First, let me explain the context of your question: It is about a concept for a future airliner:
Boeing Blended-Wing-Body Model 450-1U, taken from NASA/CR-2006-214534.
In the artist impression above the engines are podded and sit on struts in order to achieve a uniform flow field at the intake face. However, the strut and nacelle surface area will contribute drag that could be avoided if the engines would be mounted closer to the rear fuselage. The picture below, taken from the same source, shows a CAD rendering of a possible geometry with semi-buried engines:
The disadvantage of this concept is the ingestion of boundary layer flow such that the speed profile over the intake face shows a speed gradient (BMI = boundary layer ingestion). This will result in distorted flow at the compressor and cyclic pressure variations for the compressor blades, which in turn will require a more robust and less optimized compressor geometry or run the risk of compressor stalls and early blade failure. Also, the energy loss within the boundary layer results in lower pressure recovery ahead of and inside the intake, which will increase specific fuel consumption.
Or to quote the NASA page on inlets:
As the air is brought from free stream to the compressor face, the flow may be distorted by the inlet. At the compressor face, one portion of the flow may have a higher velocity or higher pressure than another portion. The flow may be swirling, or some section of the boundary layer may be thicker than another section because of the inlet shape. The rotor blades of the compressor move in circles around the central shaft. As the blades encounter distorted inlet flow, the flow conditions around the blade change very quickly. The changing flow conditions can cause flow separation in the compressor, a compressor stall, and can cause structural problems for the compressor blades. A good inlet must produce high pressure recovery, low spillage drag, and low distortion.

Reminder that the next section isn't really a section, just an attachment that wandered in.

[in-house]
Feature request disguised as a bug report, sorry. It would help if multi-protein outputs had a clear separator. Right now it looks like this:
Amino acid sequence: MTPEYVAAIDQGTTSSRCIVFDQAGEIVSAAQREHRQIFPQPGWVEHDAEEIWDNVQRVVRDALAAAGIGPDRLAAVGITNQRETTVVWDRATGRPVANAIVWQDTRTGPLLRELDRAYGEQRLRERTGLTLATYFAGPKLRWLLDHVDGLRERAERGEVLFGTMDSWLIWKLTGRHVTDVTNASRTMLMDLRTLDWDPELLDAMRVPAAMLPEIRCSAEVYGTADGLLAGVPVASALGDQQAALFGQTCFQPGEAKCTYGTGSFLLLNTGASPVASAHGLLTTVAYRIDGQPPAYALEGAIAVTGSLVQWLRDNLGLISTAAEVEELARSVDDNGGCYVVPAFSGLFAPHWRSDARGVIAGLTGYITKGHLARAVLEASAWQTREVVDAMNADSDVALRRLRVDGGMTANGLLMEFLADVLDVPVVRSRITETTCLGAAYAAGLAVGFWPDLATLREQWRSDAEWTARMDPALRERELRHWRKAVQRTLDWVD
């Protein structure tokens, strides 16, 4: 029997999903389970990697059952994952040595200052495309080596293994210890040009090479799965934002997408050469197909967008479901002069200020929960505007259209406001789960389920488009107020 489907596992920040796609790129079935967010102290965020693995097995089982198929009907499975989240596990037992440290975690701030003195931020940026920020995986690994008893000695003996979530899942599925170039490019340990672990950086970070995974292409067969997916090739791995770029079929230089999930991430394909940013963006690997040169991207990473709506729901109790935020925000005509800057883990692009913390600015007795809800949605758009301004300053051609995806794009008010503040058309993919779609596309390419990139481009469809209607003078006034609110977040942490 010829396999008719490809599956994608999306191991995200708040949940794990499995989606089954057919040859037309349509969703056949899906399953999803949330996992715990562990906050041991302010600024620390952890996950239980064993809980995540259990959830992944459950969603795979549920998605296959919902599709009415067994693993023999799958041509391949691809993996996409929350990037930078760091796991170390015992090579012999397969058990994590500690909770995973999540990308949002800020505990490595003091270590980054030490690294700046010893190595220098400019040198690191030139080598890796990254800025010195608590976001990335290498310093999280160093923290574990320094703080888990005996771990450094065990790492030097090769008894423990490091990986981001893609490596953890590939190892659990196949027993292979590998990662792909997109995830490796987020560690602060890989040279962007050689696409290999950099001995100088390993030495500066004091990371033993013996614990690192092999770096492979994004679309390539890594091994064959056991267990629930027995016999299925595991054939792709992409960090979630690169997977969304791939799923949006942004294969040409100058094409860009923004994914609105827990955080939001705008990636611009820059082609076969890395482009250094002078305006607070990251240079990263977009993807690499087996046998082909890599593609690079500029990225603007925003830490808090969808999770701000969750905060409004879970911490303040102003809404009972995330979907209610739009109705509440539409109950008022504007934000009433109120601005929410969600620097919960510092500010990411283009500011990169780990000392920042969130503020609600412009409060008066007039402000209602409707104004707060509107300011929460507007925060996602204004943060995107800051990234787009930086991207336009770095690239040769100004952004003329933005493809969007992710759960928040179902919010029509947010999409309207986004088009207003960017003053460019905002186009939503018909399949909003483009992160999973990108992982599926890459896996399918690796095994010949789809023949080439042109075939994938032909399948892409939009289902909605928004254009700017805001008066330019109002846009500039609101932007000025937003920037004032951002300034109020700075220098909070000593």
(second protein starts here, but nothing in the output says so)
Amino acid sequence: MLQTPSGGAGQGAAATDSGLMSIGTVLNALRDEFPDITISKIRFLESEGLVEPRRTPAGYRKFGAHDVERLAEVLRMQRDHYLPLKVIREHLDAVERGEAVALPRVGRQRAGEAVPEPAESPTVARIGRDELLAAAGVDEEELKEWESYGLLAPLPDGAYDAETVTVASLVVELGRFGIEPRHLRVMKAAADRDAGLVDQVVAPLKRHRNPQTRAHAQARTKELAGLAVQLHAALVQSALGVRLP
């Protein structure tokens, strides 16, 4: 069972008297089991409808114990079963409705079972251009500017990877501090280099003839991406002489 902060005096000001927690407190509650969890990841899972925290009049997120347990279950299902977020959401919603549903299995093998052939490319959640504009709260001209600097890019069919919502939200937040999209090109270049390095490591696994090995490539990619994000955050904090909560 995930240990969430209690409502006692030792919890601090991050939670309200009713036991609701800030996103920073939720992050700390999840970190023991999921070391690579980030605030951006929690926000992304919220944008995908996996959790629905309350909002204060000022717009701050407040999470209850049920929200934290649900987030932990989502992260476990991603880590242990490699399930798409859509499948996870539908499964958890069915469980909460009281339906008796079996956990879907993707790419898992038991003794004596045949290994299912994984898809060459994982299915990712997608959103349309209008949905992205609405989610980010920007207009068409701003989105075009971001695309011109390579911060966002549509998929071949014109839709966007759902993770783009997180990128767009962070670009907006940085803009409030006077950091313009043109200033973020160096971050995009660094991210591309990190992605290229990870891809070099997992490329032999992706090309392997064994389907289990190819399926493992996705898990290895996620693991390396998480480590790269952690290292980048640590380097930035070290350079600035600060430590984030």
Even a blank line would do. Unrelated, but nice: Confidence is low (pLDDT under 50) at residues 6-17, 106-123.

The question now is: What can be done to keep the semi-buried engine concept but to avoid the intake flow distortion from boundary layer ingestion?
As it turns out, the same NASA paper proposes a simple diverter ahead of the engines which is supposed to push the slow boundary layer to the side:
An even better solution is to use a splitter plate; after all, the semi-buried engine has an intake very similar to the side-mounted intakes of trainer and combat aircraft. Below is an example from another subsonic aircraft, the Czech L-39 Albatros jet trainer:
Subsonic splitter plate intake on the L 39 (picture source)
Less commonly used, boundary layer suction can be employed to remove the slow-moving air close to the surface and to re-establish a more uniform speed profile. Here my example is the Eurofighter EF-2000 intake, where boundary layer suction is used to remove the boundary layer that has accumulated on the splitter plate itself:
EF-2000 intake, here abused as a baggage compartment. The grid of holes is used to suck away the boundary layer.
A similar arrangement was used on the intake cone of the SR-71, but I did not find a good picture. Boundary layer suction, however, is not the kind of passive solution you desire. But it has the advantage of being adaptable to the specific flight situation.
Also not passive, and not being used in existing airplanes, would be a moving surface ahead of the inlet. This has been tried with rotating cylinders at flap breaks, and there is some literature covering the topic. The moving surface will reverse the effect of the wing ahead of the intake and re-energize the boundary layer right ahead of or inside the intake.
In all cases, you need to check whether the newly incurred losses of the boundary layer manipulation will be lower than the gains in engine efficiency. I did not go into vortex generators: They might help to equalise the speed loss or at least to reduce the speed gradient towards the surface, but they incur new and intense losses all by themselves and would most likely reduce efficiency a lot. If well placed, they will reduce intake distortion, but at the price of a much reduced pressure recovery.